Hilla: Huamei has a really strong connection to us I think her mother sees that. Min’s mom always tells her that no one is good enough. Hopefully, she will accept someone.

Vivian: Did you want to interact with the subject and tell her what you think how to be happier and talk to their parents? Or you tried to stay away from it?

Hilla: I mean we give them support when they want.

Shoch: Staying away from it. I don’t think it’s right to be involved, because we come from another culture. Everything we are saying now comes from respect. Huamei is now in Germany. She finished her master and received an offer. She is in Berlin trying to build her life there. We hope she will succeed. For her, the victory is leaving China. “I am two years out of China.” She sees it as a victory.

Vivian: I see that too. There are people who succeeded and who seemed to fail, as the obedient girl.

Shoch: Failure is a strong word. I don’t think she failed either. This is part of judging and telling them what to do. I think our job is to look at them and learn from them. Of course, we are there for whatever they need, but I also think what’s right and successful is based on individuals, and everyone has a path.

Vivian: But I sense that you favor the strong character like Huamei. It’s more interesting to see the development of her characters.

Shoch: It’s not about favor.

Hilla: It’s more about a complete story. We have spent more time with Huamei than others, so her story is more complete and sophisticated. We planned this way: not anyone is getting the same time in the film. We want a protagonist and have two others to complete the whole story.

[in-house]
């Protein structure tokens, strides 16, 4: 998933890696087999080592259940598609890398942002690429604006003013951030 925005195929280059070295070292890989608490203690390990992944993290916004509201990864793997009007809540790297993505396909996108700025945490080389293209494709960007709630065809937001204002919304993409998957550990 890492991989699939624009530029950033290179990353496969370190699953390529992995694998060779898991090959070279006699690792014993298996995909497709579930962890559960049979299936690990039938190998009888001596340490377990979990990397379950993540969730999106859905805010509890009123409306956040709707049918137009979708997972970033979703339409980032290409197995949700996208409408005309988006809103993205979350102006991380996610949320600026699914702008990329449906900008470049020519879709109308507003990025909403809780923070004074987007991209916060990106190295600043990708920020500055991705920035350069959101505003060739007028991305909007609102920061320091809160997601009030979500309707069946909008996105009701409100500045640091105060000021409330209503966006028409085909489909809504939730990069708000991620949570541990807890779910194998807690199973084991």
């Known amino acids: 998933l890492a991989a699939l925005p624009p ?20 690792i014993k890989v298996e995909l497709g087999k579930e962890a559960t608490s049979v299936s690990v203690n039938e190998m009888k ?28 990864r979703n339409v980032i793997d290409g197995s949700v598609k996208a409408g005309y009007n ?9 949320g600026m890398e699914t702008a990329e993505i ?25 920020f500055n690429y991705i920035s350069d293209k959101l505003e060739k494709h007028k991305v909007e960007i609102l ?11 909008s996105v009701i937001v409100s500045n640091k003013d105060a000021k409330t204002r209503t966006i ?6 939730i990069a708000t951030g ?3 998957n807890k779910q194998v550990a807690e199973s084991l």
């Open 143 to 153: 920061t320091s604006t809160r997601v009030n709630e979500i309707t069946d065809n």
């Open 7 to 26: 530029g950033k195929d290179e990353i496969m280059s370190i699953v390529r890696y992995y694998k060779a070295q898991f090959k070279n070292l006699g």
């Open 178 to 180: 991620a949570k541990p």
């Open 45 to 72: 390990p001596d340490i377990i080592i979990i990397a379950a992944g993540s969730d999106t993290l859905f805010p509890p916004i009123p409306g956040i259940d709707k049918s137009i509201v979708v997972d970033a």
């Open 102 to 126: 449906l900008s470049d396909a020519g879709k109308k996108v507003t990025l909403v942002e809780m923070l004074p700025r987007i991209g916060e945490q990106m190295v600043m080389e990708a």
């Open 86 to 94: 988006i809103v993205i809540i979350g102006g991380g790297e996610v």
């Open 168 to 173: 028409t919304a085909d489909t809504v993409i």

Shoch: For instance, Huamei comes from the village, and the other two from the city.

Hilla: Min’s parents are government officials, and Qi’s family are intellectuals. You can see different points of views.

Vivian: There is a photographer named Fan Jian in the film. Is he a documentary filmmaker? His name looks familiar to me.

Hilla: Yes! Two years ago he made a documentary, Still Tomorrow(2016), about a very famous poet in China. It was screened at IDFA and won Special Jury Award. He is more known as a documentary filmmaker in China. But for living, he is also filming for others, like us.

Shoch: It was a pleasure to work with him. He is a director and knows where to look at. He was really helpful. Because we don’t understand mandarin, we work with fixers, people who translate. But you cannot translate every single word as they are happening if there is a scene you need to be quiet. We work with a really great Chinese crew who we can really trust.

Hilla: He was leaning forward. You can meet a photographer who would do what you ask him or her to do, but he was more involved. The first time we showed up in the village, they asked us to leave after two hours. The sister got very angry and suddenly she said: “what are you doing here?” She said to Huamei “I want them to leave.” Fan Jian said, “guys, we have to leave.” We said, “what do you mean we have to leave?” We flew from Isareali, 5 hours on the road from Beijing to this village. What do you mean we have to leave? This was the first time that we realized we were not in our own country, and we have to respect the culture. I would say “let’s wait a minute. She might calm down and we can talk to her.”

Vivian: Fan Jian knows the culture and how severe the situation was.

Hilla: Exactly. So we left. Of course, it was a big disappointment of that day. Let’s wait for the next day. The next day we came again and the sister was not there. The father apologized to us, and said: “I am so sorry.” And he brought us fruit and cooked. He felt ashamed.

Shoch: It’s really important to feel these people’s feelings and sensitivity. For us, especially when we were in another country, it was important to have people with this level of sensitivity.

Hilla: In our culture, we can ask “what do you mean we have to leave?”

Shoch: You are exaggerating. Come on!

Hilla: But we have more confidence. We speak the language and we will try to convince.